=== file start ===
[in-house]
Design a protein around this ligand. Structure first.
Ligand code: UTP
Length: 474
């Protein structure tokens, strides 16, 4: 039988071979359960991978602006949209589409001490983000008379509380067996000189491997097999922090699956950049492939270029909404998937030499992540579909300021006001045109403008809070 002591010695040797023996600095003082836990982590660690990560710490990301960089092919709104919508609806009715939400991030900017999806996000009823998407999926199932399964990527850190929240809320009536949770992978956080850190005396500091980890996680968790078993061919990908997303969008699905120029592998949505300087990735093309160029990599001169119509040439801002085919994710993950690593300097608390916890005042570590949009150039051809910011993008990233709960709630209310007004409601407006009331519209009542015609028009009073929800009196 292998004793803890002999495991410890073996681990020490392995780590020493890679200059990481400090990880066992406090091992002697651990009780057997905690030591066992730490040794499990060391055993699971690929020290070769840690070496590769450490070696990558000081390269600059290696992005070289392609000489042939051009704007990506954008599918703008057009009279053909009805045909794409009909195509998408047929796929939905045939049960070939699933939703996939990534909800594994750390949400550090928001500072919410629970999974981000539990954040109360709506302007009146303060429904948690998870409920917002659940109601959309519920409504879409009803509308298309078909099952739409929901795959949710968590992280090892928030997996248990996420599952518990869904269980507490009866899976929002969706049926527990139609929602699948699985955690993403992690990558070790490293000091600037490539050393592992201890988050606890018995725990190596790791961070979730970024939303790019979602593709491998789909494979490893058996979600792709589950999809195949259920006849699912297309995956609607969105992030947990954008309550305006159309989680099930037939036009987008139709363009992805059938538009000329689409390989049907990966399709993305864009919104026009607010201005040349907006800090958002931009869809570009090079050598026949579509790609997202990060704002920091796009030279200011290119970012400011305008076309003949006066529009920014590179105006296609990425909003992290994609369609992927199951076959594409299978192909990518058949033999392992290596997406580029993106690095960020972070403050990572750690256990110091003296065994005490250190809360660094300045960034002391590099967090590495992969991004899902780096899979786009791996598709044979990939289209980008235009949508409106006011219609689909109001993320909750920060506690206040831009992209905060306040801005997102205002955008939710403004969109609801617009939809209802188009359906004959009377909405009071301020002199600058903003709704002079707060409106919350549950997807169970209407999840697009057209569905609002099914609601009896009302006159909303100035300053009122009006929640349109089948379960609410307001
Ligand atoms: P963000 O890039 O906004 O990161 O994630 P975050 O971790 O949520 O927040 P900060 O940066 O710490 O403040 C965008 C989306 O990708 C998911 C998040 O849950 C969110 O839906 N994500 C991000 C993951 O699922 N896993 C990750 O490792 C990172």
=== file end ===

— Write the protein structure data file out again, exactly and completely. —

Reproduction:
[in-house]
Design a protein around this ligand. Structure first.
Ligand code: UTP
Length: 474
């Protein structure tokens, strides 16, 4: 039988071979359960991978602006949209589409001490983000008379509380067996000189491997097999922090699956950049492939270029909404998937030499992540579909300021006001045109403008809070 002591010695040797023996600095003082836990982590660690990560710490990301960089092919709104919508609806009715939400991030900017999806996000009823998407999926199932399964990527850190929240809320009536949770992978956080850190005396500091980890996680968790078993061919990908997303969008699905120029592998949505300087990735093309160029990599001169119509040439801002085919994710993950690593300097608390916890005042570590949009150039051809910011993008990233709960709630209310007004409601407006009331519209009542015609028009009073929800009196 292998004793803890002999495991410890073996681990020490392995780590020493890679200059990481400090990880066992406090091992002697651990009780057997905690030591066992730490040794499990060391055993699971690929020290070769840690070496590769450490070696990558000081390269600059290696992005070289392609000489042939051009704007990506954008599918703008057009009279053909009805045909794409009909195509998408047929796929939905045939049960070939699933939703996939990534909800594994750390949400550090928001500072919410629970999974981000539990954040109360709506302007009146303060429904948690998870409920917002659940109601959309519920409504879409009803509308298309078909099952739409929901795959949710968590992280090892928030997996248990996420599952518990869904269980507490009866899976929002969706049926527990139609929602699948699985955690993403992690990558070790490293000091600037490539050393592992201890988050606890018995725990190596790791961070979730970024939303790019979602593709491998789909494979490893058996979600792709589950999809195949259920006849699912297309995956609607969105992030947990954008309550305006159309989680099930037939036009987008139709363009992805059938538009000329689409390989049907990966399709993305864009919104026009607010201005040349907006800090958002931009869809570009090079050598026949579509790609997202990060704002920091796009030279200011290119970012400011305008076309003949006066529009920014590179105006296609990425909003992290994609369609992927199951076959594409299978192909990518058949033999392992290596997406580029993106690095960020972070403050990572750690256990110091003296065994005490250190809360660094300045960034002391590099967090590495992969991004899902780096899979786009791996598709044979990939289209980008235009949508409106006011219609689909109001993320909750920060506690206040831009992209905060306040801005997102205002955008939710403004969109609801617009939809209802188009359906004959009377909405009071301020002199600058903003709704002079707060409106919350549950997807169970209407999840697009057209569905609002099914609601009896009302006159909303100035300053009122009006929640349109089948379960609410307001
Ligand atoms: P963000 O890039 O906004 O990161 O994630 P975050 O971790 O949520 O927040 P900060 O940066 O710490 O403040 C965008 C989306 O990708 C998911 C998040 O849950 C969110 O839906 N994500 C991000 C993951 O699922 N896993 C990750 O490792 C990172």